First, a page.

CMS MicroLearning or Skills for Website, Social Media and Digital or e-Marketing
Following is outline of content management system CMS skills for website and social media development with the application of related learning theories including behaviourism, constructivism, cognitivism and andragogy.
Generic website content management system (CMS) for structuring website, developing content, managing, editing, displaying and leveraging for digital or e-marketing (including search engine optimisation SEO) and communication, of a website, web pages and social media links (AIIM, 2017); not dissimilar to blog management e.g. WordPress.
Learning Theories Employed
Behaviourism – various aspects related to reviewing and/or planning a website requiring liaison with web developer to create ‘architecture’ (or via Wix) and prospective or target audience, then CMS. When investigating before using the CMS there will be responses and stimuli related to feedback e.g. one’s own idea of an element maybe rejected by expert technically or target audience socially, or confirmed.
Can be applied in investigation or initial stages for feedback as above, then to rectify mistakes made in using the CMS but not translating into an optimal webpage e.g. not rendering properly on some devices (stimulus) hence requiring modification (response).
Constructivism – include investigation or review of existing and/or competitor websites, architecture, navigation, content and visibility, then used to inform design or architecture of one’s own website to be managed via CMS. Further, ongoing research and advice from experts, target audience and users via various sources to both manage and improve via CMS.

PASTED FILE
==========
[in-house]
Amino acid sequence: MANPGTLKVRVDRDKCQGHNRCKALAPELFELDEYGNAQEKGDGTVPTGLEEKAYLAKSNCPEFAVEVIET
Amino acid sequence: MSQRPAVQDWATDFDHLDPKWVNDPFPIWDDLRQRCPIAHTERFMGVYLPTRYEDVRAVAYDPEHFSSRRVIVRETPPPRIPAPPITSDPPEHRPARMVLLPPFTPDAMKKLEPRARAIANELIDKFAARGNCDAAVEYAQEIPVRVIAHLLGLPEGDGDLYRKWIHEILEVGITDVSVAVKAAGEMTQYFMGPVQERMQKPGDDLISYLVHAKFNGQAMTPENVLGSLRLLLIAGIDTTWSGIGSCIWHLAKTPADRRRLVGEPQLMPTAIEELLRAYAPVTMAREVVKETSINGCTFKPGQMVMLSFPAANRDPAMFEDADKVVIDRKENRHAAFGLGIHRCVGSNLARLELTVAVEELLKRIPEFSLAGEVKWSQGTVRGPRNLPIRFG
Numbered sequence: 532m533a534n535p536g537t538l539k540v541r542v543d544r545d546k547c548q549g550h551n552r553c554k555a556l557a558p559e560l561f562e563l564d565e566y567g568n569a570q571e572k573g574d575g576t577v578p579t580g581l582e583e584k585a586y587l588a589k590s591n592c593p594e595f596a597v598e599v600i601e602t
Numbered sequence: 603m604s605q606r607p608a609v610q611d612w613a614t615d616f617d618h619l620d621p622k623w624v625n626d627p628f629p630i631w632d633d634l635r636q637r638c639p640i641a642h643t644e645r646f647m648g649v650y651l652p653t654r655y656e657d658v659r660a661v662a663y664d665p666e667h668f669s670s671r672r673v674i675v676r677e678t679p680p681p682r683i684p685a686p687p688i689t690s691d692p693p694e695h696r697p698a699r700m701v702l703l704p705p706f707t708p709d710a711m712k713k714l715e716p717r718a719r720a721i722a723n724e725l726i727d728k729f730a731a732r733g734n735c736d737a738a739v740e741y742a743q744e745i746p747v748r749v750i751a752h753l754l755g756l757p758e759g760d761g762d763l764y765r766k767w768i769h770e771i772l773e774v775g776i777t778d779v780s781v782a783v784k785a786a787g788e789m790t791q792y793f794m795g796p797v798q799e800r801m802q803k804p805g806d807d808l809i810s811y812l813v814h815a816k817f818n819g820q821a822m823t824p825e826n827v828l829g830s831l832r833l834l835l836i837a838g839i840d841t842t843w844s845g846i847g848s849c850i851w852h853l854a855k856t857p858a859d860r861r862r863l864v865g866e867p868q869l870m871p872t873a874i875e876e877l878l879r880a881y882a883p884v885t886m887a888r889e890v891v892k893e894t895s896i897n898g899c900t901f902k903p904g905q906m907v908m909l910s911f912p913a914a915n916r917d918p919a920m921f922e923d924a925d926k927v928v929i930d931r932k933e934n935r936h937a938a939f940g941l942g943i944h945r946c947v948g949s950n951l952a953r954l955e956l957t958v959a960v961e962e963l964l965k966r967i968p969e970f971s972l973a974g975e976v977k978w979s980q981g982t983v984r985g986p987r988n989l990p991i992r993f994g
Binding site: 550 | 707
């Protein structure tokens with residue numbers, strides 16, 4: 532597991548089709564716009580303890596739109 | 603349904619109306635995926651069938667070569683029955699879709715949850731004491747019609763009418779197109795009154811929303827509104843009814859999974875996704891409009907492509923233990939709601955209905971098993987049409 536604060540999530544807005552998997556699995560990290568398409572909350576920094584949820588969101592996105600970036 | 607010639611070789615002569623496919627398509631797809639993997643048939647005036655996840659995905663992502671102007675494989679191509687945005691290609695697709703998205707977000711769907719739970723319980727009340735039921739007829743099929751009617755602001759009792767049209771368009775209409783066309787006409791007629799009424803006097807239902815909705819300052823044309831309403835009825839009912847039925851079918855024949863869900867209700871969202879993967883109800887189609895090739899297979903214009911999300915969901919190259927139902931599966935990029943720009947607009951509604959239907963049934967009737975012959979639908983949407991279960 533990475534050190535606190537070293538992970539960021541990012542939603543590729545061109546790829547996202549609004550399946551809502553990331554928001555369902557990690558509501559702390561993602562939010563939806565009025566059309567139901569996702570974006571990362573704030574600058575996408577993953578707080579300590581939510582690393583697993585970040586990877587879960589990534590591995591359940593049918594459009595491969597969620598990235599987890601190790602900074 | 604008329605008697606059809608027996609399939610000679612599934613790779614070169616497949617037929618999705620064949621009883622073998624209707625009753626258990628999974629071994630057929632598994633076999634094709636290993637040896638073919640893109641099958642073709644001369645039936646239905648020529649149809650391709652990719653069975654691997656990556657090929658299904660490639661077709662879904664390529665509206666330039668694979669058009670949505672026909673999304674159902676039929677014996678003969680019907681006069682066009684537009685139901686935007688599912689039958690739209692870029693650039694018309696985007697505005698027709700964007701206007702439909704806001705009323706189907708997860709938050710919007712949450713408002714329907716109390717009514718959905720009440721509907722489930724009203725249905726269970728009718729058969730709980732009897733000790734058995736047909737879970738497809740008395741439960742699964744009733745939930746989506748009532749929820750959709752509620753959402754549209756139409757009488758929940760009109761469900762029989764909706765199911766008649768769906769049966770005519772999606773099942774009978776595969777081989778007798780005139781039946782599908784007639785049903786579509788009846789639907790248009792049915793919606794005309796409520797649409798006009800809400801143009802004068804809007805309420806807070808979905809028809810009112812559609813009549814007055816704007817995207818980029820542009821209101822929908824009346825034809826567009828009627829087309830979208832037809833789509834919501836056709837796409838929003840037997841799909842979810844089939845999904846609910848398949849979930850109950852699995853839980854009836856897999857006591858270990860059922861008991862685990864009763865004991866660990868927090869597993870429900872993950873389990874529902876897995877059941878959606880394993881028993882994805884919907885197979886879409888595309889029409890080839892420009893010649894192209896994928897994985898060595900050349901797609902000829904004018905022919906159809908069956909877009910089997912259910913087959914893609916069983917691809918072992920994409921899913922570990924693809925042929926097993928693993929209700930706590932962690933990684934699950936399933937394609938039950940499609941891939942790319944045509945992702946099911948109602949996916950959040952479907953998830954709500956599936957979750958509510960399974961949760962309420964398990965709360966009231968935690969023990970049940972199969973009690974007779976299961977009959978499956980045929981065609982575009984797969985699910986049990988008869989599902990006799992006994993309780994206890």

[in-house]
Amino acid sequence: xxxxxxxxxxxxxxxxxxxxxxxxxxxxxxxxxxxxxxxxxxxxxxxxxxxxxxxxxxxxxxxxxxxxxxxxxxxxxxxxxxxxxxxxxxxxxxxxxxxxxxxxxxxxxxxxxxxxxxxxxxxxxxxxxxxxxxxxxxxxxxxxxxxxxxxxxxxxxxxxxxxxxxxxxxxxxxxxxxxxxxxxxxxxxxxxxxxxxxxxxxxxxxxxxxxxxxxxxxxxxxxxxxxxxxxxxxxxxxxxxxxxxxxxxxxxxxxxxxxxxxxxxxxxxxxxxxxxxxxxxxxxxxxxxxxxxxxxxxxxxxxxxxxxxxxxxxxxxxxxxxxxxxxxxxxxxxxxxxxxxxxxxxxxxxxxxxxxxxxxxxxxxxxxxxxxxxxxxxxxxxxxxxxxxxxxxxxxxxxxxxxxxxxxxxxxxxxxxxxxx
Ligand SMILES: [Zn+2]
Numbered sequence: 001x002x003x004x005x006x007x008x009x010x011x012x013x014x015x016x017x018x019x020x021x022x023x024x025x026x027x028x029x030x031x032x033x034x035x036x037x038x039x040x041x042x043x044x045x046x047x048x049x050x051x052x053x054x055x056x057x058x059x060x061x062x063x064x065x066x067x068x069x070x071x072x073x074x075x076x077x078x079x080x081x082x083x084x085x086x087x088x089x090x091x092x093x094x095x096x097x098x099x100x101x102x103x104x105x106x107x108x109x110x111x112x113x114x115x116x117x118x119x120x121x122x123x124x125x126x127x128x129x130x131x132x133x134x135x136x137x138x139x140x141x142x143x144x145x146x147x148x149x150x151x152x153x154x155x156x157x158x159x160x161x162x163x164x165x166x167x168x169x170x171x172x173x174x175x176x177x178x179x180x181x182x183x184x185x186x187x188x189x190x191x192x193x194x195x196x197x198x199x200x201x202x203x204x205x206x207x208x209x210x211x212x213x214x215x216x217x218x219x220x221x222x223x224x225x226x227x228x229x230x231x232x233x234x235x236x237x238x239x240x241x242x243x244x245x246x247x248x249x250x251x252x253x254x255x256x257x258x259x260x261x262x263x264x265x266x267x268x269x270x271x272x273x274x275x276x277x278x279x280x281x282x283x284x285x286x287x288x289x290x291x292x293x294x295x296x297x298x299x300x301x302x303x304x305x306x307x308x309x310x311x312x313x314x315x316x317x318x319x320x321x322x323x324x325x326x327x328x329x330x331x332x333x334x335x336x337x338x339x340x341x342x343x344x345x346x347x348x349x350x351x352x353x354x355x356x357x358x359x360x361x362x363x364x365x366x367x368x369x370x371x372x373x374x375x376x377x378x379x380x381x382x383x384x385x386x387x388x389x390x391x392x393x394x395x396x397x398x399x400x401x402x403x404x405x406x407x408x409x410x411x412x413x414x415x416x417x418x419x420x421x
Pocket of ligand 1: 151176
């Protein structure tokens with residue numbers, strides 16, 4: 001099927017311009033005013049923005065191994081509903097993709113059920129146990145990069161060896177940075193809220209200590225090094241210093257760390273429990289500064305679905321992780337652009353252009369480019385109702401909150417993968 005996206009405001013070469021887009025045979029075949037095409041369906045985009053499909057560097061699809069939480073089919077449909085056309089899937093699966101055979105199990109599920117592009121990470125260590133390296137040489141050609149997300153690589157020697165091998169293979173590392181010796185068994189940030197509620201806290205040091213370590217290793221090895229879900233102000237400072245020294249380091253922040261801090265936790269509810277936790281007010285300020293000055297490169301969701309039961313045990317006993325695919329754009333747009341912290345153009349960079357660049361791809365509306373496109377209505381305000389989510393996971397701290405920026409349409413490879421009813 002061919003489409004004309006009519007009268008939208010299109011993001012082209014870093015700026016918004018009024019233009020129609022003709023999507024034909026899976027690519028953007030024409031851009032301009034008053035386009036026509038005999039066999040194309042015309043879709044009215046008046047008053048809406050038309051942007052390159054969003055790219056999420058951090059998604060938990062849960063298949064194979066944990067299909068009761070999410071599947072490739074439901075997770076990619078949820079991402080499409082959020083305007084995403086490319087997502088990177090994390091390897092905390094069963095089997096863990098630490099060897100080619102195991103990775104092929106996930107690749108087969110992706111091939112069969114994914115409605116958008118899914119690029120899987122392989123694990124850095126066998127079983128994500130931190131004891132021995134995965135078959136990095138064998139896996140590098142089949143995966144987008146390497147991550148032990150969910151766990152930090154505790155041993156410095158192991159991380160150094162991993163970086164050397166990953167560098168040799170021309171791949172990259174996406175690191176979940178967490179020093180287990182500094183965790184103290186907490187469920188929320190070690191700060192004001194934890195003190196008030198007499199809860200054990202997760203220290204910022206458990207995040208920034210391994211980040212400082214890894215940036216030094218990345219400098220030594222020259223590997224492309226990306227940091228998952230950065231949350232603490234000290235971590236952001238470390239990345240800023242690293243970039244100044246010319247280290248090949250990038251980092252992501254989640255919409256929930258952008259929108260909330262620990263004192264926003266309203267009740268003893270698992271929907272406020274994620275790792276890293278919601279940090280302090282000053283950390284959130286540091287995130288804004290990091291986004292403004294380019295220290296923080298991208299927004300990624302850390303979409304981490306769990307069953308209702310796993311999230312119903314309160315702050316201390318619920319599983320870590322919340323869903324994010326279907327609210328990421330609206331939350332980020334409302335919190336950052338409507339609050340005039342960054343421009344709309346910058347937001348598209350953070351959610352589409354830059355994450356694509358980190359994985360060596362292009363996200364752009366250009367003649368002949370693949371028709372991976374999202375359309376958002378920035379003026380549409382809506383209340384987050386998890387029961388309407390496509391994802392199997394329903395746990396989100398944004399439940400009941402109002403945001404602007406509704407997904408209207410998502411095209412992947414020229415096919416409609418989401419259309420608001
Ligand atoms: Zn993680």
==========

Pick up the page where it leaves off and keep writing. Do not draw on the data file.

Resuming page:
Using broad knowledge of e.g. users to inform web updates or improvements via the CMS, i.e. CMS/website is not a technical panacea once designed and implemented, but an ongoing process of improvement or ‘construction’.
Cognitivism – as a learner becomes more confident and proficient in adding and setting up pages via the CMS one also acquires direct and expert understanding, analysis and virtual network of the CMS and website through users, customers, experimentation, problem solving and evaluation; dynamically in real time.
This is essential when issues arise e.g. webpage(s) not physically visible or a supposedly SEO (search engine optimisation) webpage does not appear in organic search results, requiring problem solving, analysis, testing and/or troubleshooting to resolve.
Andragogy – again as a learner using one’s own and others’ experience, expertise and feedback to use the CMS well whether to apply a new element on a webpage or modify via CMS. Social learning is important via peers, experts, customer or users to use the CMS well or optimally e.g. updating content daily via the CMS.
Continue to leverage the advice and experience of others in same or similar industry to improve website etc. via the CMS e.g. being able to insert new or replace new elements such as new social media into a website (replace MySpace with Facebook). Related, setting up CMS/webpage via IT or web team but then neither using nor updating i.e. remains static and loses traction or online visibility; requiring more ongoing work through CMS.
A good web presence including social media network and CMS, requires some technical knowledge to maintain, but must also include ongoing learning as above, to stay abreast of frequent developments or changes in digital e.g. changing search algorithms.
Good CMS use requires application of various learning theories simultaneously or concurrently, not an issue of which theory fits best, but adaptability in supporting the best outcome via various means.
AIIM (2017) Glossary: What Does That Mean? http://www.aiim.org/What-is-Web-20#
Alvin, M. (2009) Learning Theories & Instruction. Available at: https://mmalvin.files.wordpress.com/2009/12/learning-theory-matrix.pdf